I am not arguing that this law of TD be broken, I argue that there are inter-dependencies between what we eat and each of the expenditure items in brackets.

    Couple of examples: 1) What we eat affects how much energy is required to digest it. 2) When we exercise, our body needs to tap into a fuel source. What we eat dictates what metabolic function is used to supply the energy and what fuel is used (Glycogen stores vs Fat stores; and glucose fuel vs ketone fuel). In turn our body needs to replenish depleted fuel stores through triggering an eating response. That eating response is quite different depending on the fuel source used and that again in turn affects our cravings and what we ultimately eat.

    In the end left side equals right side, but the cycles and inter-dependencies of the parameters on the right side can affect each other a lot and will ultimately require a different number on the left to balance.

    Another good read, which explains pretty simply

    Debunking The Calorie Myth - Why ?Calories in, Calories Out? is Wrong

    So unless you have some iron clad discipline and ability to absolutely ignore all your body's natural responses, I argue a calorie is not a calorie even though thermodynamically calories in equals calories out.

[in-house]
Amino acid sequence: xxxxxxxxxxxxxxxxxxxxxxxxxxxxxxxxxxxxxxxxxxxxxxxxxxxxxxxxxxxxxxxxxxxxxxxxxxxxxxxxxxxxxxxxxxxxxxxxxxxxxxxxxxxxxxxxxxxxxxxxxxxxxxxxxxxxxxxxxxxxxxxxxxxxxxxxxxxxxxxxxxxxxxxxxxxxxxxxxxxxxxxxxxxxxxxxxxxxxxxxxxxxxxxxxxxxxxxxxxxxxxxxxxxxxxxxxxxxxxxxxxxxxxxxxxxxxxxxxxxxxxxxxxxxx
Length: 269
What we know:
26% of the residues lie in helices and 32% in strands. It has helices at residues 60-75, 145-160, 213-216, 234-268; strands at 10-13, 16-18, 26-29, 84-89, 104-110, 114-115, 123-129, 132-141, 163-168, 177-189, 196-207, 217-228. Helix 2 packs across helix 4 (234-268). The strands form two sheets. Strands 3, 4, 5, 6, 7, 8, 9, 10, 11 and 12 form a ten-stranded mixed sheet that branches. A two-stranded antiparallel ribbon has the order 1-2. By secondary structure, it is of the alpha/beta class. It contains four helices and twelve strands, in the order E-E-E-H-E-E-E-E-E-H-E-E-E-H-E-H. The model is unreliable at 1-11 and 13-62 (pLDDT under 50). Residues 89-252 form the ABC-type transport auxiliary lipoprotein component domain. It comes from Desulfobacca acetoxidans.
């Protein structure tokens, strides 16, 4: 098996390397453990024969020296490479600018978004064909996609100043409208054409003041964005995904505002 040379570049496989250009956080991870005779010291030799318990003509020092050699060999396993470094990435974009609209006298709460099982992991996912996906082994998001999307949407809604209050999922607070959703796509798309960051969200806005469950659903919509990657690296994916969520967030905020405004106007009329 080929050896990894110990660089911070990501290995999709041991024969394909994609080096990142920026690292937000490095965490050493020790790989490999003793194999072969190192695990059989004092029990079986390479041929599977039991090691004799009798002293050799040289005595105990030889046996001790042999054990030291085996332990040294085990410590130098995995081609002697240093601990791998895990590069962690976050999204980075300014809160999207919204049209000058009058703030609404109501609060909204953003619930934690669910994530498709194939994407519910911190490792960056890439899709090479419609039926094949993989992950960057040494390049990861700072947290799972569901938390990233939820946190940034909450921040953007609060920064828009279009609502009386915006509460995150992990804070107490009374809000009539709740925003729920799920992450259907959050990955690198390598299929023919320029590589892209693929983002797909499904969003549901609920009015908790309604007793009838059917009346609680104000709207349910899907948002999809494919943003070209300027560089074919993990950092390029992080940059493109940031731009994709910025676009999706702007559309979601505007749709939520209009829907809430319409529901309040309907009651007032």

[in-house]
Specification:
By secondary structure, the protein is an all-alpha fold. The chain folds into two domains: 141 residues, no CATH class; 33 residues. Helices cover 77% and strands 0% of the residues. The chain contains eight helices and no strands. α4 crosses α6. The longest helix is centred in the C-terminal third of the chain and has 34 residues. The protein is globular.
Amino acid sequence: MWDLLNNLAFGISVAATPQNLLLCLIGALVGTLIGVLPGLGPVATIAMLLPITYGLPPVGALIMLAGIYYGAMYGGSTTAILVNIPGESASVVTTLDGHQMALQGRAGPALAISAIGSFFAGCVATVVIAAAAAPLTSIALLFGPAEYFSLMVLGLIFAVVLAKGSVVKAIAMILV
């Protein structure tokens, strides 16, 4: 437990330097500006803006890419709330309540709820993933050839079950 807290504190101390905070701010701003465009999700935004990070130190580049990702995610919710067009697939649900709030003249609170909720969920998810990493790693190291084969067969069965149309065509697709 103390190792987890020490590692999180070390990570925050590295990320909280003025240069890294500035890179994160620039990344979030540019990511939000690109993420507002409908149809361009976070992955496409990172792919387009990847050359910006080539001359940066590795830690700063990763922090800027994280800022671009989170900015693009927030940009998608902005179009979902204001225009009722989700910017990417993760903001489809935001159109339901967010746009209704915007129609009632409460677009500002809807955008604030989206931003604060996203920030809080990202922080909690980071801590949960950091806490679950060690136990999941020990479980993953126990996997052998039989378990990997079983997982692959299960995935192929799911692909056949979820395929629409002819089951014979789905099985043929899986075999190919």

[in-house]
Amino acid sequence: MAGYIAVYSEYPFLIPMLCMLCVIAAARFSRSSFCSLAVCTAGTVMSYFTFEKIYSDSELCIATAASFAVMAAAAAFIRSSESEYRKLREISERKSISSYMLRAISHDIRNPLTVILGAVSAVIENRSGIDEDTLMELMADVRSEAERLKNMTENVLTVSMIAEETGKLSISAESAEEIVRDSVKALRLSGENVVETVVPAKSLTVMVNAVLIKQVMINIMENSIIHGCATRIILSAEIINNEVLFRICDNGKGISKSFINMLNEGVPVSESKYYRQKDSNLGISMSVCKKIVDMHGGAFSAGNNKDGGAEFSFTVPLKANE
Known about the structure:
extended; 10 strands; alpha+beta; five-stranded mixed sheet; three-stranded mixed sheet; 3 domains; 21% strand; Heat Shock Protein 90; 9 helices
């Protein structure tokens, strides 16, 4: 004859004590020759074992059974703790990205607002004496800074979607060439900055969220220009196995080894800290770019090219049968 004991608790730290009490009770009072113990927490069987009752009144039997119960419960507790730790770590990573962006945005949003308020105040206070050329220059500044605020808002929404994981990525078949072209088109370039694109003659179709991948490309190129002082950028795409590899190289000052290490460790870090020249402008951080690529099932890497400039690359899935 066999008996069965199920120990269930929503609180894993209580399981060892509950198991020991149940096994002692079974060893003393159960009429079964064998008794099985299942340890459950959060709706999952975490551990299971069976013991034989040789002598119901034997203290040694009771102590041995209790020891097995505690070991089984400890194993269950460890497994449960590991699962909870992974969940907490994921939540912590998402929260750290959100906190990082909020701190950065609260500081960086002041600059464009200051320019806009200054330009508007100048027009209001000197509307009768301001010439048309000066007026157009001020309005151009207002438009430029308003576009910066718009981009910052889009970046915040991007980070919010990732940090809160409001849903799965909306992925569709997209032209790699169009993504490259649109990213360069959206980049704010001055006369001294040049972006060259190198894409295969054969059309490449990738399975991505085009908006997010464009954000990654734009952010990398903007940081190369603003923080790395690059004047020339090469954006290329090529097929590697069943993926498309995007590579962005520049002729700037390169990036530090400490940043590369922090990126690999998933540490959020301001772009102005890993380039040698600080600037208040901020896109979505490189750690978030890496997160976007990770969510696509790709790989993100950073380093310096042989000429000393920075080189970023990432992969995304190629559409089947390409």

22. #397
    Senior Member Spld cyclist's Avatar
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    Kingby

    Not ironclad will, just an ability to be mindful of how many calories you burned and what you choose to eat. If you pay attention to how much food you normally eat, you can choose not to eat more than that in the hours after exercise. I don't think it's all that difficult, and I don't think I'm exceptional.

  23. #398
    Senior Member squirtdad's Avatar
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    Quote Originally Posted by Sixty Fiver View Post
    You cannot apply the laws of thermodynamics to an open system... and mostly true is still false.

    The discussion should and is about the macronutrient ratios of a LCHF / Paleo way of eating and how that affects calorie usage but too many people will try to side track this with that false logic.
    Calories in vs calories out is not false it is the simple bottom line in complex situation

    No question that the the whole human body is complex, with complex results to inputs and outputs.

    weight loss can vary in speed or lack of speed based on a zillion factors such as type of food, individual, exercise, type of exercise, etc.

    But no one has ever lost weight by consuming more calories than the body uses.